"We retained an architect and we're working with the architect to explore ideas," Smolenski told the Daily News. "We haven't figured out ‘the what' or ‘the when.' That's down the path in the process. We're just exploring, soliciting feedback and evaluating ideas."
SportsBusiness Journal obtained a proposal listing some of the enhancements the Eagles are consdering, including field-level boxes, additional seats, improved video boards, renovations to clubs on the east and west sides, and upgrades to the entrances. The plans also mentioned a sports bar/restaurant at HeadHouse Plaza.
SBJ's report cited industry insiders who put the cost of possible renovations at $60 million to $100 million. Smolenski declined to elaborate, but did say the Eagles would be on the hook for any refurbishments.
"The obligations for improvements at the stadium are our responsibility," he said. "But there's a process in which [the city is] involved, in terms of evaluating what we're doing and reviewing it."
Mayoral spokesman Mark McDonald said the administration has had some preliminary conversations with the Eagles about the possible renovation. Under the terms of the lease, the city gets to sign off on any plans, but McDonald said the city does not plan to invest any money into the project.
"They are proposing something; we're very interested to look into what they're proposing," McDonald said.
Before joining the Eagles, Smolenski was the chief financial officer for the International Hockey League. His father worked for Xerox and the family moved constantly. He travels with the Eagles and probably has seen more stadiums at more levels of sports than he can recall. Obviously, the NFL is the gold standard of American facilities.
"Whether it's some of the unique seating sections in Seattle, the four video boards in MetLife Stadium [East Rutherford, N.J.] or some of the seating amenities at Cowboys Stadium, there are different pieces that you look at and you try to evaluate," said Smolenski, 45.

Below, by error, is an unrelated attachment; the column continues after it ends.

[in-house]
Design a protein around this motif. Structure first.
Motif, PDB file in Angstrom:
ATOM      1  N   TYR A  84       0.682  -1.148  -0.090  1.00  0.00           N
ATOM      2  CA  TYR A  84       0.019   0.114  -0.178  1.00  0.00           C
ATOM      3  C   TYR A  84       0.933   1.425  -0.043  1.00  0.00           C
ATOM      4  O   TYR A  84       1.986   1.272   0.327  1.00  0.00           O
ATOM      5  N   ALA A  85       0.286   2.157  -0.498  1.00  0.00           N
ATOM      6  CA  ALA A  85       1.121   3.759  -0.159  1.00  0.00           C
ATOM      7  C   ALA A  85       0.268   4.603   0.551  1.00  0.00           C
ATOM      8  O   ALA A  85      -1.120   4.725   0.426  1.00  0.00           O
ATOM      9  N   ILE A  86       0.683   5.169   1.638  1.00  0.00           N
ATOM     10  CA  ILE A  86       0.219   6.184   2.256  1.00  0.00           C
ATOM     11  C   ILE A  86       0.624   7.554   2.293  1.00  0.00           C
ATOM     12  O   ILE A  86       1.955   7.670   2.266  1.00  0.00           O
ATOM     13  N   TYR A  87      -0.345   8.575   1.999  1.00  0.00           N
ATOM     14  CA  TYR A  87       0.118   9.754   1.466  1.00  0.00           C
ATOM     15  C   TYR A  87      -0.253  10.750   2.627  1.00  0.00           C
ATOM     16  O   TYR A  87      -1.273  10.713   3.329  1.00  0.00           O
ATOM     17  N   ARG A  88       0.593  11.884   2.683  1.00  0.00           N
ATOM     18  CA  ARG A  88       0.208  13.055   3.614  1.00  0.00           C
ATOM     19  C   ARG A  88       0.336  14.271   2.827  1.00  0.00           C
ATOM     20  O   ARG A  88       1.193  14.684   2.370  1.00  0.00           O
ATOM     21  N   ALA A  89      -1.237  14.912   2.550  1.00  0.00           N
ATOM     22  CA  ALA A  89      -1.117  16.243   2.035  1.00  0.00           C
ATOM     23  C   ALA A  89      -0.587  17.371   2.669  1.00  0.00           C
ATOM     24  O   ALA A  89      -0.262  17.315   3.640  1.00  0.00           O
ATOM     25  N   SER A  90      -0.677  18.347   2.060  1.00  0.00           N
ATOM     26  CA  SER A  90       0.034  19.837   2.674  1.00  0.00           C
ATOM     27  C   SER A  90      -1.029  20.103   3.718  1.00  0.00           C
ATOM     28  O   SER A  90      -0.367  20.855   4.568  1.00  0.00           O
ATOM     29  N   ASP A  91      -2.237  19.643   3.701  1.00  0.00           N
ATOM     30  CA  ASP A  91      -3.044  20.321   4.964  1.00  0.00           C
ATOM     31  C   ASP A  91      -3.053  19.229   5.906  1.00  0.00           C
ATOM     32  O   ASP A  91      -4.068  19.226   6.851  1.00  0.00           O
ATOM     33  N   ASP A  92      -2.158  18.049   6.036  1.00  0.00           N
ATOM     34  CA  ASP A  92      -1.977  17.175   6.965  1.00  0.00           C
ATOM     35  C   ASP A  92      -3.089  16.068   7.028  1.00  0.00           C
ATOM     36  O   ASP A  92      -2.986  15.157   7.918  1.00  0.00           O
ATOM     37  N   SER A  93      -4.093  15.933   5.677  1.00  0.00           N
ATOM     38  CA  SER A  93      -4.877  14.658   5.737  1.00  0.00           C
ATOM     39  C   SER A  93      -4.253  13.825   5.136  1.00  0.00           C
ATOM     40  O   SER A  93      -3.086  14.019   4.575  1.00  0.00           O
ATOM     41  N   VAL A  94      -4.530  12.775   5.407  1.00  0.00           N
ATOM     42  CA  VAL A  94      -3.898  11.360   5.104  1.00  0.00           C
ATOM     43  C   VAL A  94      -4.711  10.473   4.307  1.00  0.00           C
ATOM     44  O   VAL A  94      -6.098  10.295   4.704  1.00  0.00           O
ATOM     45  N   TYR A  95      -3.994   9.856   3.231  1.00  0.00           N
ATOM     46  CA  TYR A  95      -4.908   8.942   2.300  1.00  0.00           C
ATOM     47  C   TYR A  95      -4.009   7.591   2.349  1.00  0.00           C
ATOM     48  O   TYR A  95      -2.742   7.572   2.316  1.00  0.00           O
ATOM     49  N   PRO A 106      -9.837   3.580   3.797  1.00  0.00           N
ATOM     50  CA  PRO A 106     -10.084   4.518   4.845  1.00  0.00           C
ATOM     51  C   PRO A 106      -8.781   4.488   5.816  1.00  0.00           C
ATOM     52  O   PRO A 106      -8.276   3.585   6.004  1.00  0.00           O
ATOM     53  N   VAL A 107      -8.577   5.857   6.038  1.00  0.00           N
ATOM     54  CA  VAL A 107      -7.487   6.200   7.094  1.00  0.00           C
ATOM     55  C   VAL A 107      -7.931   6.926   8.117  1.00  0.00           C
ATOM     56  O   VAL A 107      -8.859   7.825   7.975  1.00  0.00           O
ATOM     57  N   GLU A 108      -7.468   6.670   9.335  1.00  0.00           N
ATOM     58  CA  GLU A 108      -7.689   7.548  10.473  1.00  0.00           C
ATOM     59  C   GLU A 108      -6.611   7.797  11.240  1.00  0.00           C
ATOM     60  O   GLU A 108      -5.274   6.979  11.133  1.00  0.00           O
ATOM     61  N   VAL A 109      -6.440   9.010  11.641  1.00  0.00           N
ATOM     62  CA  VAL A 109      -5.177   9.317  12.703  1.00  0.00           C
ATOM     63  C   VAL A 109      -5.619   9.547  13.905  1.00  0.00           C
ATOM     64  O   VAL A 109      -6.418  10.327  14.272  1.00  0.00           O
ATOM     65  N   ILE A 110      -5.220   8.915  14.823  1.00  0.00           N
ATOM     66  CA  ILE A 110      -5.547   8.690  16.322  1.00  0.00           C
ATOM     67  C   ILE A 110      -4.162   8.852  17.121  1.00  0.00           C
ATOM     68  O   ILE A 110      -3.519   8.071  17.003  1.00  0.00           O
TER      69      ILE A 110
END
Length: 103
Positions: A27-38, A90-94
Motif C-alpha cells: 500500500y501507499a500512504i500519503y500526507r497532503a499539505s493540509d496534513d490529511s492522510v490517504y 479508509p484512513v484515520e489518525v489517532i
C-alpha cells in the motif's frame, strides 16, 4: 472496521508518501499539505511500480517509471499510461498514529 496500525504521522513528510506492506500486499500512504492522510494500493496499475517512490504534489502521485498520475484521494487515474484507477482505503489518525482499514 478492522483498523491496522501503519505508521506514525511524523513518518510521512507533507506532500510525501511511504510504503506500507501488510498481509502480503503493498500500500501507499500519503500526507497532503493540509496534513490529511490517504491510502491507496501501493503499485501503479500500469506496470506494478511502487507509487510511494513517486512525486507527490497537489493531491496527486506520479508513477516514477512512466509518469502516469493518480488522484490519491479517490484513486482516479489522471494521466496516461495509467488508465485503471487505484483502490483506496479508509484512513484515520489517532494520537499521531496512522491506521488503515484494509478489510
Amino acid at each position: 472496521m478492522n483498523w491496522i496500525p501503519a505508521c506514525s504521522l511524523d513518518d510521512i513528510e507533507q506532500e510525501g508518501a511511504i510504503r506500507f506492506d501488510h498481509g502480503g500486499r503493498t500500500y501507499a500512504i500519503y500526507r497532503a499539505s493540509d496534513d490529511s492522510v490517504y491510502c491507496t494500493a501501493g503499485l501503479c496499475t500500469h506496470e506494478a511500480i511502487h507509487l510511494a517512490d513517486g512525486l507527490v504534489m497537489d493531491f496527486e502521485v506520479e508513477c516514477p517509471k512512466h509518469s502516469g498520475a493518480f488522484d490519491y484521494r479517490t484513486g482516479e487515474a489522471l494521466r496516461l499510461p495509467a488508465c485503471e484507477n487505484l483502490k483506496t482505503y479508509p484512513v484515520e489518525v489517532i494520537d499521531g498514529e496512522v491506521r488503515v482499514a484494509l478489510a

The sports complex has undergone a dramatic makeover since Jeffrey Lurie bought the Eagles in 1994. Veterans Stadium and the Spectrum have been replaced by the Linc and Citizens Bank Park, The foul smell from the trash depot on Packer Avenue has been replaced by McFadden's and XFinity! Live.
Some Vet Stadium diehards regard the Linc as being a little too sterile, but generally the facility gets high marks for cleanliness and good sight lines.
"You can't stay frozen in time," Smolenski said. "Disneyland is opening a new ‘Cars' section this week [June 15]. It's about changing and staying fresh. That's the process we're evaluating at this time."
Field-level suites are the newest rage among stadium upgrades, and with good reason. The Cowboys' new palace has 48 such suites which sell for $200,000 to $240,000 annually, SBJ reported. On the low end, that's $9.6 million in extra revenue. That's a lot of cowboy hats.
The Linc has 172 suites with 3,040 seats and 10,828 club seats. Overall capacity is a little more than 69,000.
The Eagles' have won 60 percent of their games at the Linc, but have yet to have a Super Bowl parade roll through. If they ever do get their hands on the Vince Lombardi Trophy, Smolenski wants to make sure it will have a worthy home.
"Jeffrey has made it a priority from a business perspective for us to keep the building maintained at the highest level and keep it as new as the day it opened," he said. "We hear that from our colleagues around the league and people that come through the building. They are impressed at how well it has been maintained." n
Daily News staff writer Catherine Lucey contributed to this report.
Contact Ed Barkowitz at firstname.lastname@example.org.